Fuel injector 22 and socket 18 can be constructed without the need to have a keyed fit of the injector to the socket for circumferentially orienting the injector to the socket. Proper circumferential orientation of the injector to the socket is assured by the coaction therewith of connector 44. Injector 22 is assembled into socket 18 and circumferentially oriented such that axis 38 is parallel with axis 16. Connector 44 is disposed coaxial with axis 38 in the manner portrayed by FIG. 1, and is then bodily advanced toward connector 32. As the advancement occurs, shell 54 telescopes over shell 34, terminals 50, 52 make with terminals 40, 42 respectively, flanges 60 and 56 mutually engage in the manner of FIG. 4, as do flanges 62 and 58, and upper wall 64 passes closely over the fuel injector. The action of horizontal flange portions 80 with flanges 56, 58 provides an interference which prevents connector 44 from being separated from tube 10 except by retracting the connector in the opposite direction from which it was advanced; in other words, the interference prevents the connector from being bodily moved transversely of tube 10 and hence the fuel injector cannot be removed from socket 18 because it is axially captured within the socket by the overlying upper wall 64 of connector 44. However, when connector 44 is disconnected from connector 32, the fuel injector can be removed from the socket. The action of vertical flange portions 78 with flanges 56, 58 assures that the circumferential orientation of the fuel injector within the socket is maintained since the action prevents rotation of connector 44 about the coaxis of the fuel injector and the socket, and the engagement of connector 44 with the injector precludes relative rotation therebetween.
A further desirable feature is provided by a snap-catch mechanism that serves to releasably lock connector 44 to the fuel injector when the connectors 44 and 32 are fully mated, as in FIGS. 3 and 4. This mechanism comprises a tongue 82 that is provided on upper wall 64 and a catch 84 that is provided on shell 34 of the fuel injector. The distal end of tongue 82 comprises a cammed surface 86 and the top of catch 84 comprises a camming surface 88. Toward the end of the motion that mates connector 44 with connector 32, surfaces 86 and 88 abut. As the motion continues, tongue 82 is resiliently flexed, allowing the tongue to pass over the catch until the catch registers with an aperture 90 in the tongue proximal to surface 86. Upon such registry, the tongue snaps back (i.e., relaxes), causing the catch to be disposed within the aperture. This creates an interference that prevents the two connectors from being disconnected unless the tongue is first flexed out of interference with the catch. Since such flexure is not apt to accidentially occur, it is anticipated that an intentional act will be necessary to disconnect the two connectors. Accordingly, the snap-catch mechanism greatly reduces the liklihood of accidental separation of connector 44 from the fuel rail assembly.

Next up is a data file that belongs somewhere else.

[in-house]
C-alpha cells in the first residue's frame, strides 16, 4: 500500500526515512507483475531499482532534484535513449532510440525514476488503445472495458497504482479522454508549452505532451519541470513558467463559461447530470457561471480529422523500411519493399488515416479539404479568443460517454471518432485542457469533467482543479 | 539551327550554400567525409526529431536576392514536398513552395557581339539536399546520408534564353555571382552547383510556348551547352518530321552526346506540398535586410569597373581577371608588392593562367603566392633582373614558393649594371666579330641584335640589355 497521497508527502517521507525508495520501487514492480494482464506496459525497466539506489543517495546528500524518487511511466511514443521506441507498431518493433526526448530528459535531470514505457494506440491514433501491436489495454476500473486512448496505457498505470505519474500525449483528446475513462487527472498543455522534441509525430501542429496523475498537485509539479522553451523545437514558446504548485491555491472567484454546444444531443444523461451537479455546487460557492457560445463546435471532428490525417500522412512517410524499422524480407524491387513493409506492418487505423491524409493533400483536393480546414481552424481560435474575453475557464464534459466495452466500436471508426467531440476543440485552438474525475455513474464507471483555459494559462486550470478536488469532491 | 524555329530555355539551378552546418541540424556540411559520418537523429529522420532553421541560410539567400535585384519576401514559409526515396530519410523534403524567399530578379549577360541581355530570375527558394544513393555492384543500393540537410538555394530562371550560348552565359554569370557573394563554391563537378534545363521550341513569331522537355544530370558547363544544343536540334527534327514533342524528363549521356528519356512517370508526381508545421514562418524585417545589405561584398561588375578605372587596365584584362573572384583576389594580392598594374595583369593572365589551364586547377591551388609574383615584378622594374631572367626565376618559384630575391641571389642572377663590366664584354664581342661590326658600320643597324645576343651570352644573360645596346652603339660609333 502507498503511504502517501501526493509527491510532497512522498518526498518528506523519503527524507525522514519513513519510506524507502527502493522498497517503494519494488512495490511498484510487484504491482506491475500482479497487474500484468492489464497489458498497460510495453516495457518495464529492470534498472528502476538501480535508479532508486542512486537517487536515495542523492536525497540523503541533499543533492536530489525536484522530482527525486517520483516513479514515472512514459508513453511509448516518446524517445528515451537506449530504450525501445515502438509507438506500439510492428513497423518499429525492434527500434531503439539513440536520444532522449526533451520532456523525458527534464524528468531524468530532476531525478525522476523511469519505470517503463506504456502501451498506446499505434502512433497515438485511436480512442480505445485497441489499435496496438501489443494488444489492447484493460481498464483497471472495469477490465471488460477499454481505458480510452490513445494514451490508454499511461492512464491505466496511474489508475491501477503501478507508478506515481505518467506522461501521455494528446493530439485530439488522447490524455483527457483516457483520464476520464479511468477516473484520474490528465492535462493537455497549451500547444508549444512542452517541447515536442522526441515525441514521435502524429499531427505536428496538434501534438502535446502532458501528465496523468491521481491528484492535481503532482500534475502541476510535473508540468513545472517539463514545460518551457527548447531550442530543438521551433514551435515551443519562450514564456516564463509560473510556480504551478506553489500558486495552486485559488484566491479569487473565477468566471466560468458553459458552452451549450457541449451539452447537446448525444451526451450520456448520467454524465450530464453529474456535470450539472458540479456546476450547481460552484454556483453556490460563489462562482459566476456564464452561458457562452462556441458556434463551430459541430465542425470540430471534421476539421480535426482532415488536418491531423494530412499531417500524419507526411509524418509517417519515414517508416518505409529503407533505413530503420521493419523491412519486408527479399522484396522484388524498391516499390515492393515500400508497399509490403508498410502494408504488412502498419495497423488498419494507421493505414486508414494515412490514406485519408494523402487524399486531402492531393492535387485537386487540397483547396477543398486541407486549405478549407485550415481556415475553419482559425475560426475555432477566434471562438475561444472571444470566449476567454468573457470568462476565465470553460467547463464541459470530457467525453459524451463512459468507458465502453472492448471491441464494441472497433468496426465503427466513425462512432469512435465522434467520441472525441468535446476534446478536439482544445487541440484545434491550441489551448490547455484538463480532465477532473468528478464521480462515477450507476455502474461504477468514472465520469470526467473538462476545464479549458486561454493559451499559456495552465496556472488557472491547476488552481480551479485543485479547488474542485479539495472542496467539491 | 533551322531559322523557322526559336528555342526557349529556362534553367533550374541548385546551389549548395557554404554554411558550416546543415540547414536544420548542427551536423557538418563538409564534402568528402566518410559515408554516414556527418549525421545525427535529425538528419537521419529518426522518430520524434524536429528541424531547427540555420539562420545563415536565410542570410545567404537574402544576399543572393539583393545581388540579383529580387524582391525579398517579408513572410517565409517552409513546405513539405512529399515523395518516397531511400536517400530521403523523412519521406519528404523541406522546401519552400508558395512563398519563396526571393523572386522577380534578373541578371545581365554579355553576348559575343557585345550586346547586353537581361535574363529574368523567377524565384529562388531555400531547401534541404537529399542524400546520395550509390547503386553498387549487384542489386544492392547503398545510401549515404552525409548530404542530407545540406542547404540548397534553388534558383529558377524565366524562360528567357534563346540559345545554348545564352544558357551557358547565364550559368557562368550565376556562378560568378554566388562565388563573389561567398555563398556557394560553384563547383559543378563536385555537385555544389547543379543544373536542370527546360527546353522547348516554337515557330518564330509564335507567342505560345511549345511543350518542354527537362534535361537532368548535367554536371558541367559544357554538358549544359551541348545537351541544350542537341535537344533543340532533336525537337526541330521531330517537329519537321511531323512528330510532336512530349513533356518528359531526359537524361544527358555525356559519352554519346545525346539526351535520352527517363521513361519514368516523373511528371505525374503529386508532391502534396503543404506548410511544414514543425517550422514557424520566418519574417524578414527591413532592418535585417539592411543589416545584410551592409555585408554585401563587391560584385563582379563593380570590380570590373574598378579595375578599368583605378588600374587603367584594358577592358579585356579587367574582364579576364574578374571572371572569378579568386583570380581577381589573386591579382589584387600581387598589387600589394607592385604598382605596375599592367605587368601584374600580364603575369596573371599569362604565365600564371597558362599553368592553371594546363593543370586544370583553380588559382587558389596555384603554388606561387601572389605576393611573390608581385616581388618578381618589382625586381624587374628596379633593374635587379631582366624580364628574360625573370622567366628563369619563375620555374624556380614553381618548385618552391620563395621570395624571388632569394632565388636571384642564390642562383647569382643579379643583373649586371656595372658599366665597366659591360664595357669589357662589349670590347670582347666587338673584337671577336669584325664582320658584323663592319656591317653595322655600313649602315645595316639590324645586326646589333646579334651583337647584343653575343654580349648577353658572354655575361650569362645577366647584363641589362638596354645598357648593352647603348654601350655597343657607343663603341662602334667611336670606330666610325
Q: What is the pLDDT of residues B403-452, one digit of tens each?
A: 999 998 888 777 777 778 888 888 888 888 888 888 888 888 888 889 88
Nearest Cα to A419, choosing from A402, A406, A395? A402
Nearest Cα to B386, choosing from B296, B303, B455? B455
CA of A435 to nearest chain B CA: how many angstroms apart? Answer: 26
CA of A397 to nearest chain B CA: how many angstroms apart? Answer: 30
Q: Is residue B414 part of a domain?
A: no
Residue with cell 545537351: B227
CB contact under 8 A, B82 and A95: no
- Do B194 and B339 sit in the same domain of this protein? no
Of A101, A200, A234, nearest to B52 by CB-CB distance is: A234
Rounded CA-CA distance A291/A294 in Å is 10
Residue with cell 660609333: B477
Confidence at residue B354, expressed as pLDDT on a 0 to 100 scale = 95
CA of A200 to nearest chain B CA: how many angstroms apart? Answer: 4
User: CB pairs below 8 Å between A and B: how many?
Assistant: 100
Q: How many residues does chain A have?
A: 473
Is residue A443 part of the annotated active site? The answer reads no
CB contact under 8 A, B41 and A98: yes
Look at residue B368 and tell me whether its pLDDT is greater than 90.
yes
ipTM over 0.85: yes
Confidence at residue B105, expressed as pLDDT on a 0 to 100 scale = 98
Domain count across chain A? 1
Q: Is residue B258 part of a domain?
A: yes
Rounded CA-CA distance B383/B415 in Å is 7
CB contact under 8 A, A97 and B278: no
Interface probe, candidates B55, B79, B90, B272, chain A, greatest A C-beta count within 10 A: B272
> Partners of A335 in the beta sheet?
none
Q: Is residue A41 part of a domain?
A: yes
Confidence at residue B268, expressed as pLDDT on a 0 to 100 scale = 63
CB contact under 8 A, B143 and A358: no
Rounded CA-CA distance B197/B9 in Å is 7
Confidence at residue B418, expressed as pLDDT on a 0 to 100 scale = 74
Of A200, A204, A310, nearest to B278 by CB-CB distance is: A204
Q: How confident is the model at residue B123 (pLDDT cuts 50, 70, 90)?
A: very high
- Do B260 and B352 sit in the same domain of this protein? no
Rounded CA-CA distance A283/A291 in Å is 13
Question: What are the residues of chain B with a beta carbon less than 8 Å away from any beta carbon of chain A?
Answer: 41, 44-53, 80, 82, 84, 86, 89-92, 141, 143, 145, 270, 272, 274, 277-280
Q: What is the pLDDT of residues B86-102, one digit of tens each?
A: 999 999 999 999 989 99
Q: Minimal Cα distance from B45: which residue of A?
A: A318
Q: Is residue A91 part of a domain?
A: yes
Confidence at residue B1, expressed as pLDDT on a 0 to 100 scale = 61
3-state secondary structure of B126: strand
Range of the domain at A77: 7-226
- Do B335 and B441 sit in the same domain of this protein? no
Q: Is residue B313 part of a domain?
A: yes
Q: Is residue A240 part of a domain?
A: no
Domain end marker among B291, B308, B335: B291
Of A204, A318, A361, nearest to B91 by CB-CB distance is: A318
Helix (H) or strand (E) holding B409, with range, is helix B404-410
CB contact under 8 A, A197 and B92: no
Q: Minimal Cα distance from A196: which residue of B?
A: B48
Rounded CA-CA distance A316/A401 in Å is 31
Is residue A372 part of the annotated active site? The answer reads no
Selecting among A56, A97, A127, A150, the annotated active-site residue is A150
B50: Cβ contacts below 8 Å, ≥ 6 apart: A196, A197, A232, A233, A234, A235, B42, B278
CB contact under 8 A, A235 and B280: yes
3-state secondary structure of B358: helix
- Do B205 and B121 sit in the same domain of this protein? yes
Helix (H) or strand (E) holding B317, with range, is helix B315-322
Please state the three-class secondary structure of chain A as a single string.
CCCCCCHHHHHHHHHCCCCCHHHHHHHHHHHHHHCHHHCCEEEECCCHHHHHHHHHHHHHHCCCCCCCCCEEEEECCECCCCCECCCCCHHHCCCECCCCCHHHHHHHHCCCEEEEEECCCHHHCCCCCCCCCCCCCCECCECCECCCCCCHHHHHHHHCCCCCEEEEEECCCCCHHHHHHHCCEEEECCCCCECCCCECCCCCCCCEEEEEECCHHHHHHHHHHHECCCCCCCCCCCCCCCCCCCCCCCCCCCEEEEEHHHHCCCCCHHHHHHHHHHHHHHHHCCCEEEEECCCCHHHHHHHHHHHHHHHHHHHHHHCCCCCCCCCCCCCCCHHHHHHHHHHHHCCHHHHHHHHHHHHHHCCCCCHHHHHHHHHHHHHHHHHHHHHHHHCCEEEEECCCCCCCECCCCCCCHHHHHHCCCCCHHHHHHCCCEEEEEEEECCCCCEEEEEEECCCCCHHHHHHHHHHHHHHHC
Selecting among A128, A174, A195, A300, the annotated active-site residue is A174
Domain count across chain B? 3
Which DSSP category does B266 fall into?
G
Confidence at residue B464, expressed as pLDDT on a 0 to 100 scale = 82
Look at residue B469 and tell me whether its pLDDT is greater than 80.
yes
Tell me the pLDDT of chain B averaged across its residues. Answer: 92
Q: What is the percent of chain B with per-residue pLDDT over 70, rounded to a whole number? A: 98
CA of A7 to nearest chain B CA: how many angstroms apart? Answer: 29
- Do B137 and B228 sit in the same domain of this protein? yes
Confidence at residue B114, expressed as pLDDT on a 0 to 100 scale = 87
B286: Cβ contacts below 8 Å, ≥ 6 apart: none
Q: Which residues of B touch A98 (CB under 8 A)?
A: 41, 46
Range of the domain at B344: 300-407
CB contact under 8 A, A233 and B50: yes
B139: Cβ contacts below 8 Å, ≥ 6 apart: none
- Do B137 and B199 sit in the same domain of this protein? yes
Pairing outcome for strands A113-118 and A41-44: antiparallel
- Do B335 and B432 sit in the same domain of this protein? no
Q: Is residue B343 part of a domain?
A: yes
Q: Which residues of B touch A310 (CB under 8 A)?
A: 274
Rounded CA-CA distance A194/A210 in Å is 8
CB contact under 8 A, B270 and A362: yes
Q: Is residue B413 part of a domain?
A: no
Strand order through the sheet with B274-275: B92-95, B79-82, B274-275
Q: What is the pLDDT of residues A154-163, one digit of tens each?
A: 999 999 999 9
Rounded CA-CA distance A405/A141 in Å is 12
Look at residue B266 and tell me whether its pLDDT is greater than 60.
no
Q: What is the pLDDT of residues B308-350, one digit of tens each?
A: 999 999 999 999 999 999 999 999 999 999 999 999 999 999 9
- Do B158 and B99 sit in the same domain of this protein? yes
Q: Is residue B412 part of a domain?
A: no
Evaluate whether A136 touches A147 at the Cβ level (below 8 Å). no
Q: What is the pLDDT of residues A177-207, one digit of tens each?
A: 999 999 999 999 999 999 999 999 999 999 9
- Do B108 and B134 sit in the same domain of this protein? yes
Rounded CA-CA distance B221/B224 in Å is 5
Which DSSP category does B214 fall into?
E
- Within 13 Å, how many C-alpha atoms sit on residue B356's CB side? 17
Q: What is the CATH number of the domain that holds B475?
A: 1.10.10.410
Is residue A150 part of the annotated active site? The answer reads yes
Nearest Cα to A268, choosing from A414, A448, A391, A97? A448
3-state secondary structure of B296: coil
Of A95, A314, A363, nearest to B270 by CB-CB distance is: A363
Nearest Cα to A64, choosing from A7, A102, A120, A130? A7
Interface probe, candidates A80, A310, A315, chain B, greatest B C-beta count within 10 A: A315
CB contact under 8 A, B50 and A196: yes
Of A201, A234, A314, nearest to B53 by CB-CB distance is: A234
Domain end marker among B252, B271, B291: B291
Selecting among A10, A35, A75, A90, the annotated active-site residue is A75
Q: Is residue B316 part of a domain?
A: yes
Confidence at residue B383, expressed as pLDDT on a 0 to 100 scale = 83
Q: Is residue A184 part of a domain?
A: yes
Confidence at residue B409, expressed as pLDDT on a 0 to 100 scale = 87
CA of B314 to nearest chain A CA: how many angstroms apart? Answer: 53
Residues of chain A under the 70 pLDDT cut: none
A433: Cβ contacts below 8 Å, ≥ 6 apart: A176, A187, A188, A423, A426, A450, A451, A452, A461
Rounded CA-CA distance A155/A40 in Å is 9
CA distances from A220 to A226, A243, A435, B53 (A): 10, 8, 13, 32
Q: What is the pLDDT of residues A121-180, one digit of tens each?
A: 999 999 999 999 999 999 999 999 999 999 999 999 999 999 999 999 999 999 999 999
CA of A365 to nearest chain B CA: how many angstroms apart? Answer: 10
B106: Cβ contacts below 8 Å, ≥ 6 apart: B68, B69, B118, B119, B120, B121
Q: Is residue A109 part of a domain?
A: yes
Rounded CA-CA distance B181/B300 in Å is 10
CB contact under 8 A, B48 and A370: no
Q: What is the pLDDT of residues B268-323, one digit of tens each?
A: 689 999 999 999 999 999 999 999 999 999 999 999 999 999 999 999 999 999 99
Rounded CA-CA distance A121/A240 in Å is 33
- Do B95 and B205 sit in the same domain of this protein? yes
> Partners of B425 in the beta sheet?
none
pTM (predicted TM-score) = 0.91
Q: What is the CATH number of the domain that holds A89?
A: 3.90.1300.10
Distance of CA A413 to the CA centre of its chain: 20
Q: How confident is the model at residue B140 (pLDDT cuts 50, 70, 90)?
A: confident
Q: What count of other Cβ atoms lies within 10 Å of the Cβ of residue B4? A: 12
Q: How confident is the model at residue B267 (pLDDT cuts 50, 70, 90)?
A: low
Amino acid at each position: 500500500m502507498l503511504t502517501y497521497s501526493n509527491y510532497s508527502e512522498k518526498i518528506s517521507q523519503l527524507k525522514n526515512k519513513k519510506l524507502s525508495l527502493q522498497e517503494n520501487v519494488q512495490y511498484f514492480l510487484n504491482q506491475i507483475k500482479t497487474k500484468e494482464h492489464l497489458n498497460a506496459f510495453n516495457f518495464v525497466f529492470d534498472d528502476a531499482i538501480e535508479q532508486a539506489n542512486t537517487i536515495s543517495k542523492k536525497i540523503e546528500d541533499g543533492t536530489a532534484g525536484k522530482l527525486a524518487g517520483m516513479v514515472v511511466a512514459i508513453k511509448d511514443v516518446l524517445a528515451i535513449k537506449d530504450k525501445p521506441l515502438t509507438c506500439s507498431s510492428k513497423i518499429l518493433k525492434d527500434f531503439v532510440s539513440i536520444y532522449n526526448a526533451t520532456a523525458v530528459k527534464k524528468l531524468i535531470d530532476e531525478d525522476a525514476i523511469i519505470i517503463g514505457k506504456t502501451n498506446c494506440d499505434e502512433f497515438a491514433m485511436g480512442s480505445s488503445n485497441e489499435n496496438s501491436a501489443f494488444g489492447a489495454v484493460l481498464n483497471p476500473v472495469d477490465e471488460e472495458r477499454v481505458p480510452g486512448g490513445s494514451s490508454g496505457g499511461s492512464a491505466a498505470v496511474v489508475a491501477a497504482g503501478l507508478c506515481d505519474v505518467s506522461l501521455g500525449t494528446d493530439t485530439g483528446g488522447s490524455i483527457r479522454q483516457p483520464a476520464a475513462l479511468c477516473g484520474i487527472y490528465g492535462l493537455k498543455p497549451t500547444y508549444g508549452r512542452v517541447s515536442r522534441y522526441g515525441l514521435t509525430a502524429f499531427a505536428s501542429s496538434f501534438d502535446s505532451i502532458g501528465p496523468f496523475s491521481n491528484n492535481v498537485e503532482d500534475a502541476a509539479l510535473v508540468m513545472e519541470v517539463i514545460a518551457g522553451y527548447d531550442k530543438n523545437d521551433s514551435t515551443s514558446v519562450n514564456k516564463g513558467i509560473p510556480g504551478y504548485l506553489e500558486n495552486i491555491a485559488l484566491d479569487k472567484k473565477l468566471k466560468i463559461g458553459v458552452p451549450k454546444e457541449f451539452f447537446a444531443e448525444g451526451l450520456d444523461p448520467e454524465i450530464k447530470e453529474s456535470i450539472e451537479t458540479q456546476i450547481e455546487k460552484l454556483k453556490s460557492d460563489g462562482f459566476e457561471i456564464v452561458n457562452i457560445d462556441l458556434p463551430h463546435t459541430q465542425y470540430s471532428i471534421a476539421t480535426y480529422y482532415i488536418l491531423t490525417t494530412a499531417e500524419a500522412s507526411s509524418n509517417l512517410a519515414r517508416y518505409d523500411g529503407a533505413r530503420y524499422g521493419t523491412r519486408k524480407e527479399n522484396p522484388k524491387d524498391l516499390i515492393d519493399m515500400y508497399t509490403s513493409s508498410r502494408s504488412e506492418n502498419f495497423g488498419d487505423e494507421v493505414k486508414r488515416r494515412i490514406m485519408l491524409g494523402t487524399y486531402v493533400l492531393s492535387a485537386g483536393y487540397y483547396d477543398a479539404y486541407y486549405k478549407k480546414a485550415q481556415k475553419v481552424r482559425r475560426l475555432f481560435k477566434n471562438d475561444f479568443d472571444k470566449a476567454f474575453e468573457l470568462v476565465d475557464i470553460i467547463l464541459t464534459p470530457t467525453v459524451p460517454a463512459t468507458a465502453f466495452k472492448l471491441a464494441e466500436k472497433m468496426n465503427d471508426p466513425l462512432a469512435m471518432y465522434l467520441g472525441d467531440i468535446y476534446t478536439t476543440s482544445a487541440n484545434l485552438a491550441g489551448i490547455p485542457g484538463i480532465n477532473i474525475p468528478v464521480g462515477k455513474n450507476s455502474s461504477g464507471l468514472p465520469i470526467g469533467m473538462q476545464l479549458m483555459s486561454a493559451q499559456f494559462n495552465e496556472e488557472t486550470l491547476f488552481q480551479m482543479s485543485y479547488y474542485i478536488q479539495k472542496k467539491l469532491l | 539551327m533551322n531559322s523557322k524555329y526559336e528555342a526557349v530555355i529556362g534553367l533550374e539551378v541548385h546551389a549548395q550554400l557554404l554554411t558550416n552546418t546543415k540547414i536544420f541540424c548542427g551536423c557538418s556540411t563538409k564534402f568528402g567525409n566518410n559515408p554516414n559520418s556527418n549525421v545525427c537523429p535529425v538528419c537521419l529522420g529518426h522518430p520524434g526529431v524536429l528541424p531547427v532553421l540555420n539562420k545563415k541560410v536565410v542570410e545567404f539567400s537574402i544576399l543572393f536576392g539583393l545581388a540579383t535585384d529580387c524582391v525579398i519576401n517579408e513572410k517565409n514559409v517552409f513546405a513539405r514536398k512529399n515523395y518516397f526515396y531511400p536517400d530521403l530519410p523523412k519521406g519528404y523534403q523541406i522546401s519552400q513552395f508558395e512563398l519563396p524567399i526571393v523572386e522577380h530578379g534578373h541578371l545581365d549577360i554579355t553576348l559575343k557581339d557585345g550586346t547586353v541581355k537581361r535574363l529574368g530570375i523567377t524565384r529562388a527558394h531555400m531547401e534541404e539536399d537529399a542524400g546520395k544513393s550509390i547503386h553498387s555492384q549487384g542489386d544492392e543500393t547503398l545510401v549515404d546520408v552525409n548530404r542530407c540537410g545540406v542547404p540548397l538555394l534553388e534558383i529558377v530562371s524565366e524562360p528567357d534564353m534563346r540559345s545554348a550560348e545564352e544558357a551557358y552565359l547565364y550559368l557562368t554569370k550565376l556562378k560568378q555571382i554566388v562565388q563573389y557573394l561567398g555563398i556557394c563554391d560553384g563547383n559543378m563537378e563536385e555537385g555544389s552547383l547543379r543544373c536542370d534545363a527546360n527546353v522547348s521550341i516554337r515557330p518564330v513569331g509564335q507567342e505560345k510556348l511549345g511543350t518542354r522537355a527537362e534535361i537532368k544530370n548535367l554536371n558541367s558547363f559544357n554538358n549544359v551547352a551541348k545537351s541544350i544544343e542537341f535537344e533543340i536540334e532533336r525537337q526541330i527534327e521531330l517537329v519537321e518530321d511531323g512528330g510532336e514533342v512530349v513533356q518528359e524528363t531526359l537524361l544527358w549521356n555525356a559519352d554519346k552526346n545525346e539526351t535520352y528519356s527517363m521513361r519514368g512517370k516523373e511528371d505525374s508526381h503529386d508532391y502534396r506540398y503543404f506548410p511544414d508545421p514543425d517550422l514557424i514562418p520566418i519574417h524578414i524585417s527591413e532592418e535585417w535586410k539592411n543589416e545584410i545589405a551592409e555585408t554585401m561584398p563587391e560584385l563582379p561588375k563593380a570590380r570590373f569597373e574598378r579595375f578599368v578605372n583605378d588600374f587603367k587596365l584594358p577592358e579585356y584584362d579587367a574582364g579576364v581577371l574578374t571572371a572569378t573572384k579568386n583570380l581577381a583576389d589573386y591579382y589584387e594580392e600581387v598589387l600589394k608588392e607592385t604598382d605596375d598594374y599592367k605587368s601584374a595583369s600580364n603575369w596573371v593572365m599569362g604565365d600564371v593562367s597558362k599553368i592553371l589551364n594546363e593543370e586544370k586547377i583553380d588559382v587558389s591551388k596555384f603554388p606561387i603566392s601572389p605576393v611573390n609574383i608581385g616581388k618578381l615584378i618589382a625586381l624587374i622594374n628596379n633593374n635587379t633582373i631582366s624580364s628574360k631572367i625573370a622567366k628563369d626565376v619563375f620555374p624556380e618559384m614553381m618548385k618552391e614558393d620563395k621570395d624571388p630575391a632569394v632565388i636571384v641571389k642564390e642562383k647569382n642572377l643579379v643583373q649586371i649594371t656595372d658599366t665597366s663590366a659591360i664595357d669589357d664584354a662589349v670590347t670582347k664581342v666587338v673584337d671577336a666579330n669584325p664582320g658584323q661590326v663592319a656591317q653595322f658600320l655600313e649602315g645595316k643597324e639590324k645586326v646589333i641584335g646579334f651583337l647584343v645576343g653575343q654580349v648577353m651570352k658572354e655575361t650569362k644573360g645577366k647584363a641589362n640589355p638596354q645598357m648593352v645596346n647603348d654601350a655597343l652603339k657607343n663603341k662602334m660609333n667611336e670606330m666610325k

Thus, the invention has been shown to perform multiple functions without the use of separate parts. Flanges 56 and 58 are integral formations of tube 10. Flanges 60 and 62 are integral formations of connector 44. Tongue 82 is an integral formation of connector 44 and catch 84 is an integral formation of shell 34 of connector 32 of injector 22. Although not explicitly shown in the drawing Figs., the two connectors 32, 44 could embody a camming feature that facilitates mating in the event of small amounts of non-parallelism between connector 32 and axis 16 after injector 22 has been inserted into socket 18.
While a presently preferred embodiment of the invention has been illustrated and described, it should be appreciated that principles may be practiced in other equivalent embodiments.
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|Citing Patent||Filing date||Publication date||Applicant||Title|
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|U.S. Classification||439/130, 123/470, 123/456|
|International Classification||F02M51/00, F02M51/02, F02M55/02, F02M69/46, F02M51/06|
|Cooperative Classification||F02M69/465, F02M51/005|
|European Classification||F02M51/00C, F02M69/46B2|
|Mar 4, 1991||AS||Assignment|
Owner name: SIEMENS AKTIENGESELLSCHAFT, A CORP OF FEDERAL REPU
Free format text: ASSIGNMENT OF ASSIGNORS INTEREST.;ASSIGNOR:CRANFORD, STEPHEN C.;REEL/FRAME:005627/0363
Effective date: 19910227
Owner name: SIEMENS AUTOMOTIVE L.P., A LIMITED PARTNERSHIP OF
Free format text: ASSIGNMENT OF ASSIGNORS INTEREST.;ASSIGNOR:CRANFORD, STEPHEN C.;REEL/FRAME:005627/0363
Effective date: 19910227
|Dec 22, 1995||FPAY||Fee payment|
Year of fee payment: 4
|Feb 8, 2000||REMI||Maintenance fee reminder mailed|
|Jul 16, 2000||LAPS||Lapse for failure to pay maintenance fees|
|Sep 26, 2000||FP||Expired due to failure to pay maintenance fee|
Effective date: 20000714